AFCM is managed by volunteers who, in addition to having outstanding experience and qualifications, are passionate about chamber music. This season they tell us about their relationship to music.
Q: What would you tell your younger self about music?
Dagmar Cushing “Just keep going and have fun with it.” I didn’t need much encouragement. I enjoyed music at a very young age
Q: What piece do you find yourself returning to again and again?
DC: Rachmaninoff and Chopin Cello Sonatas
Q: What CD would we be surprised to find on your shelf?
DC: Old time blues
Q: You’re headed to a deserted island; what album would you take?
DC: Bach Cello suites
Q: Has music ever made you think differently or changed your outlook?
DC: When I travel, I always make a point to listening to local music and yes, it gives you a much better feel for a culture.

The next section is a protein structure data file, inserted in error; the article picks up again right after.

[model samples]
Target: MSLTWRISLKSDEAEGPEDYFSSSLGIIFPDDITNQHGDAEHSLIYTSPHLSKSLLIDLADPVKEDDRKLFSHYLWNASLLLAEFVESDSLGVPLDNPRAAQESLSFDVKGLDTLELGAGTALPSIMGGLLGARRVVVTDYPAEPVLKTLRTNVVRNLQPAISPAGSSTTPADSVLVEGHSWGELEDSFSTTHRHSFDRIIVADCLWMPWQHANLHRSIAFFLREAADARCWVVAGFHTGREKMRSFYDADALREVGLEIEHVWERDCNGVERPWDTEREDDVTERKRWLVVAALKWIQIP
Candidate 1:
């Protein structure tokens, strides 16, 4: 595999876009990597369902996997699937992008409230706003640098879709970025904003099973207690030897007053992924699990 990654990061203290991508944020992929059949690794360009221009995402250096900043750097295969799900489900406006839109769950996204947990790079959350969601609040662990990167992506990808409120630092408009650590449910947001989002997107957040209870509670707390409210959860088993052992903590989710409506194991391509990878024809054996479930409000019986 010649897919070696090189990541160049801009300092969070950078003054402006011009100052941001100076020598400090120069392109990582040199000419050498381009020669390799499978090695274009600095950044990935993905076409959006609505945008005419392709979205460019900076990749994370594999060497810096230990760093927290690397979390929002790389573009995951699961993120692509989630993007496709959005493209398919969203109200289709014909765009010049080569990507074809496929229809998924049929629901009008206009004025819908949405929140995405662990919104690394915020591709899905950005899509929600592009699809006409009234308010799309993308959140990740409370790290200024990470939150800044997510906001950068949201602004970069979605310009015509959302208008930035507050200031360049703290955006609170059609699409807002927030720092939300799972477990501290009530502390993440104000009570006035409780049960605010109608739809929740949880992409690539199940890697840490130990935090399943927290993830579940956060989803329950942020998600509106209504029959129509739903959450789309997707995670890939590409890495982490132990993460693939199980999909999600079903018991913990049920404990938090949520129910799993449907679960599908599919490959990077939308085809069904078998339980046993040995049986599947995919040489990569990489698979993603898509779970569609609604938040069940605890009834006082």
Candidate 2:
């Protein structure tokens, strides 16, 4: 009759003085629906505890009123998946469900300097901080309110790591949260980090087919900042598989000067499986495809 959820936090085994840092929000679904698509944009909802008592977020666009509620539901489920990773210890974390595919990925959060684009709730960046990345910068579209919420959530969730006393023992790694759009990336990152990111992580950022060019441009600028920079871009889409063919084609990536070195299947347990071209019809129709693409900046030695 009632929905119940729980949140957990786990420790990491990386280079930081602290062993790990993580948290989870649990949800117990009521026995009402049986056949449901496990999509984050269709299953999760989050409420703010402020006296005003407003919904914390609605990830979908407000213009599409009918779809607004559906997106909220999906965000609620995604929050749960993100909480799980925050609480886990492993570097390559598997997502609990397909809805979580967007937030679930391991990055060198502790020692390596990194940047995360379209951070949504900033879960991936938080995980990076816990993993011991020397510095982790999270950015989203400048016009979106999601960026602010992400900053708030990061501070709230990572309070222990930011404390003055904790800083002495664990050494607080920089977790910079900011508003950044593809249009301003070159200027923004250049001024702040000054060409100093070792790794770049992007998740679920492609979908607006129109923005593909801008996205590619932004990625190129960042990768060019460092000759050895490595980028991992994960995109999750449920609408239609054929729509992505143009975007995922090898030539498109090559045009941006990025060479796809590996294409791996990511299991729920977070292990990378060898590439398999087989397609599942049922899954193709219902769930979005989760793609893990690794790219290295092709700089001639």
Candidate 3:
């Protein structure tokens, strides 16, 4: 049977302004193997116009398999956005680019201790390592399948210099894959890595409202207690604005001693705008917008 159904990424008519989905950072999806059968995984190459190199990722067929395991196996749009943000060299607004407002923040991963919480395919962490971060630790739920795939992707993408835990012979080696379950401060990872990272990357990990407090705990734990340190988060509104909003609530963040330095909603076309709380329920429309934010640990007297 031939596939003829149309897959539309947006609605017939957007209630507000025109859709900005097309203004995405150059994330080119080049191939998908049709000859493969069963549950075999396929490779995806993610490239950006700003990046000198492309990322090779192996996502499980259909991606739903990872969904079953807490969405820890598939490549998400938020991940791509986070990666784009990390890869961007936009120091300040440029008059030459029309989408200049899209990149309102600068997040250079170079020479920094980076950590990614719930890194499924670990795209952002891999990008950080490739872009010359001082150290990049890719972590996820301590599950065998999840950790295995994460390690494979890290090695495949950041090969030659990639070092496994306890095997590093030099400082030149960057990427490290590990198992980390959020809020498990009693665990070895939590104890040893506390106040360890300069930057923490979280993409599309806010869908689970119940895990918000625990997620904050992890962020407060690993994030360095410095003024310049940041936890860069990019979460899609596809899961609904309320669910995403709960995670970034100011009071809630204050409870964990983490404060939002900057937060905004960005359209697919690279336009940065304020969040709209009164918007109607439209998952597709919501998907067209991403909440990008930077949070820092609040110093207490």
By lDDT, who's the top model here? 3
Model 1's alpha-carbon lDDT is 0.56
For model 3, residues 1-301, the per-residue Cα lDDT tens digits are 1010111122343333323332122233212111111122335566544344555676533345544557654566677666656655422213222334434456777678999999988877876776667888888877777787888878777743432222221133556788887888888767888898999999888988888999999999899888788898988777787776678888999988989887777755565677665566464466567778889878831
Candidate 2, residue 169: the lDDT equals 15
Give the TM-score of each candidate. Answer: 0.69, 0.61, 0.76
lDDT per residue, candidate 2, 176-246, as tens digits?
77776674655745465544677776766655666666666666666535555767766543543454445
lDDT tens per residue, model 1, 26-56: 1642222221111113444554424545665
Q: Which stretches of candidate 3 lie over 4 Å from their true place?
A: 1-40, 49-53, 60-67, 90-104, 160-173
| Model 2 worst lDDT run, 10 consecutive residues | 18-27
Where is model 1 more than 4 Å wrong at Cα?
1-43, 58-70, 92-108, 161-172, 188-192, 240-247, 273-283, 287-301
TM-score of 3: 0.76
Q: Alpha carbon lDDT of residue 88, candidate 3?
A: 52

Q: Does music serve a moral purpose in your view?
DC: Maybe people who are avid music lovers have less time to wage wars? (It’s probably not true but would be nice.)
Q: Which of this season’s concerts looks particularly appealing?
DC: Lineage percussion Trio–they do some fabulous stuff. How often does one get to hear a percussion trio?
Q: What was the last good book you read?
DC: Fox 8: A Story, by George Saunders. Very sweet and also hilarious!
Q: What composer would you play for someone who’s never listened to chamber music?
DC: The Dvorak Piano Trios or Piano Quintet. They are so gorgeous, I can’t imagine anyone not being sucked in by those!
Q: What piece of classical music should everyone hear before the age of 21?
DC: Rachmaninoff’s 2nd symphony
Q: Why chamber music over other kinds of music?
DC: It is the intimacy that makes it special. It appeals in a very personal way!